WORSLEY, Sir Henry, 2nd Bt. (1613-66), of Appuldurcombe, Godshill, I.o.W.
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Family and Education
b. 31 May 1613, 1st s. of Sir Richard Worsley, 1st Bt.†, of Appuldurcombe by Frances, da. of Sir Henry Neville of Billingbear, Berks. m. 4 June 1632 (with £4,000), Bridget, da. of Sir Henry Wallop† of Farleigh Wallop, Hants, 3s. (1 d.v.p.) 2da. suc. fa. 27 June 1621.2
J.p. Hants 1642-d.; commr. for assessment, Hants 1643-52, Jan. 1660-d., I.o.W. 1645-50, Aug. 1660-1, 1663-4; dep. lt. I.o.W. 1643; commr. for sequestration, Hants 1643, accounts I.o.W. 1643, levying money, Hants and I.o.W. 1643, execution of ordinances 1644, safety 1645, sheriff 1657-8; commr. fair militia, I.o.W. 1659, oyer and terminer, Western circuit July 1660.3
Worsley’s ancestors originated in Lancashire, which one of them represented in the Parliament of 1386. His branch of the family settled at Appuldurcombe in 1527, acquired the freehold at the dissolution of the monasteries, and established a strong interest in the Isle of Wight boroughs. Worsley supported the Parliamentarians in the Civil War, although he was not conspicuously active. He abstained from sitting after Pride’s Purge, but held local office until his death. Returned to the Convention for Newtown, he was listed by Lord Wharton as a friend, and he may have acted with the Presbyterian Opposition. In the first session he was appointed to no committees and was granted leave to go into the country on 16 June 1660. In the second session he was nominated to committees for two bills, one to prevent profane swearing and the other to supply defects in the poll bill. He also made one speech on 19 Dec., when he maintained that the House had no power to tax people to give money to Jane Lane and others who had helped the King after the battle of Worcester, but only to provide funds for the King. He suggested that ‘every member should give her 40s. out of their own purses’.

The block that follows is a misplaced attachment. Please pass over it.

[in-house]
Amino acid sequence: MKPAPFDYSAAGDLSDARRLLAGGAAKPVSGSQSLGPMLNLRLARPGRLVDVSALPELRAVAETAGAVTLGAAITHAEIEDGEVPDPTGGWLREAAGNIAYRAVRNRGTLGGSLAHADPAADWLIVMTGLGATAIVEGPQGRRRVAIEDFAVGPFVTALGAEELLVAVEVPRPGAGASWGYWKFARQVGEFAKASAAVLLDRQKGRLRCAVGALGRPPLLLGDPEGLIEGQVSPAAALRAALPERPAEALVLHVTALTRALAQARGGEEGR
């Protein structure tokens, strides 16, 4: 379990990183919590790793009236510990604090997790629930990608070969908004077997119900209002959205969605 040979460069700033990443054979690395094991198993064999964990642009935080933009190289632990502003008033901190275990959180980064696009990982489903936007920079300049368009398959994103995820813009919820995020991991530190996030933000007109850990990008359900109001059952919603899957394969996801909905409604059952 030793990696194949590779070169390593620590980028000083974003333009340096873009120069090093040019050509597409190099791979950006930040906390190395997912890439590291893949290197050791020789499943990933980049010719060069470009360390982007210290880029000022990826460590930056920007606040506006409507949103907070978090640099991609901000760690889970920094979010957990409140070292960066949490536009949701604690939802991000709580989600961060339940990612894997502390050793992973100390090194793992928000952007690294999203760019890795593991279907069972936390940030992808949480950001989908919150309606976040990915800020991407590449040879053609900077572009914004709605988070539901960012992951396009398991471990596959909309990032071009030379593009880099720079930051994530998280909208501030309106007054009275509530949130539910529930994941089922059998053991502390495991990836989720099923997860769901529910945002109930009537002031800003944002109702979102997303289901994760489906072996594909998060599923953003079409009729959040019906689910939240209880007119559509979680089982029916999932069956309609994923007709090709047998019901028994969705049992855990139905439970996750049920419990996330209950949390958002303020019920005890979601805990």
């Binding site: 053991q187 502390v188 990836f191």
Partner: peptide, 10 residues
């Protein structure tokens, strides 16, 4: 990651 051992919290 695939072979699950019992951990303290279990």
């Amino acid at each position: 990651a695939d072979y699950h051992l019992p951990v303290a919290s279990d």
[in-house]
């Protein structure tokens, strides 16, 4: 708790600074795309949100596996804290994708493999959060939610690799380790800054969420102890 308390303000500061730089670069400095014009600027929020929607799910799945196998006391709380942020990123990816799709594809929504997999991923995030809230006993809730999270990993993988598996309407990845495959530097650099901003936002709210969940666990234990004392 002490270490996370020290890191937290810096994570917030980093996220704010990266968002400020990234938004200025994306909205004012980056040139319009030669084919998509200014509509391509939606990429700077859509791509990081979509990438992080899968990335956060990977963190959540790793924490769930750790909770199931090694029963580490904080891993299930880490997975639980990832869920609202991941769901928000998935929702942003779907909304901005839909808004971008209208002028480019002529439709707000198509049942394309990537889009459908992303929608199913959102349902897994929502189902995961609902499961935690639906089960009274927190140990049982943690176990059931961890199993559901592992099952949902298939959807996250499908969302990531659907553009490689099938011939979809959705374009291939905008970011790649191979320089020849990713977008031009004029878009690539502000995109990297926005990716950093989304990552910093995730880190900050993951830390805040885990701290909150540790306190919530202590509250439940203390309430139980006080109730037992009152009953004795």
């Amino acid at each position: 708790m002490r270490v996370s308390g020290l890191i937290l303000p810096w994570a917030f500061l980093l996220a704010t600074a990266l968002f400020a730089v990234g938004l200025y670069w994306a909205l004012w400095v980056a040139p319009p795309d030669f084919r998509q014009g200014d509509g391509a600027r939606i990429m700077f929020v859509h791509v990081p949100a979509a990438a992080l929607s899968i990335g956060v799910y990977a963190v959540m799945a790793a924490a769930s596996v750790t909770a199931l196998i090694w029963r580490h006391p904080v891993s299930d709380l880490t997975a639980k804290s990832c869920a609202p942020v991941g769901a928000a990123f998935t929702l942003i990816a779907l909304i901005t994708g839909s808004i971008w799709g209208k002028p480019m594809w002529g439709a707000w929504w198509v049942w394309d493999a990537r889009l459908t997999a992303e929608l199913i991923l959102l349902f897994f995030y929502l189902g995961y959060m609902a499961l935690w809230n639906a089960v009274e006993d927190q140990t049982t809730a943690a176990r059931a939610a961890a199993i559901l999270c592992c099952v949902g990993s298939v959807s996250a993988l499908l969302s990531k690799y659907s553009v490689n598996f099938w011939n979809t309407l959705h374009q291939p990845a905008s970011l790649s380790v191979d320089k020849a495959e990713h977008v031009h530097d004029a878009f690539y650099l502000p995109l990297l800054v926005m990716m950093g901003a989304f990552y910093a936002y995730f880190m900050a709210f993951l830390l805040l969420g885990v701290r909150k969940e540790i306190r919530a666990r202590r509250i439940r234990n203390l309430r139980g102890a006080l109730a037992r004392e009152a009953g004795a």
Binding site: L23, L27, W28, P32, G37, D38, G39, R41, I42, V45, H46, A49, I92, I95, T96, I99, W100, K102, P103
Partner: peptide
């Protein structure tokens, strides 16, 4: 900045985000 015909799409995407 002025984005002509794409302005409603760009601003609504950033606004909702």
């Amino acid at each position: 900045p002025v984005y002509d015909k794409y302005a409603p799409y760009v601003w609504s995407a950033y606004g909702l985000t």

Worsley again represented Newtown in the Cavalier Parliament, in which he was moderately active. He was appointed to 39 committees, including those for the security bill, the execution of those under attainder, regulating the press, restoring the temporal jurisdiction of the clergy, and the better observance of the Sabbath, and he was among the Members ordered to report on the shortfall in public revenue. On 14 Apr. 1663 he was instructed to bring in a bill against profanity. The bill was given a first reading when Parliament re-assembled a fortnight later, and Worsley’s was the first name on the committee. But there was considerable debate on the report stage on 16 July, and the bill was recommitted and lost on the prorogation. He was among those ordered to bring in a similar bill in the next session; but he was now chiefly concerned with Lady Wandesford’s attempt to reassert crown rights over lands recovered from the sea, which threatened his claim to Brading Harbour. He was given leave to bring in a bill himself on 30 Mar. 1664, and two days later acted as teller against Lady Wandesford’s bill. Though his name stood first in the list of the committee for his own bill, it was never reported; but he was on the committee for a similar bill in the following session, which passed, and when Lady Wandesford’s bill was revived a proviso saving Worsley’s rights was inserted on the third reading. During the second Dutch war he advanced £1,000, secured on the additional aid. He died on 11 Sept. 1666.4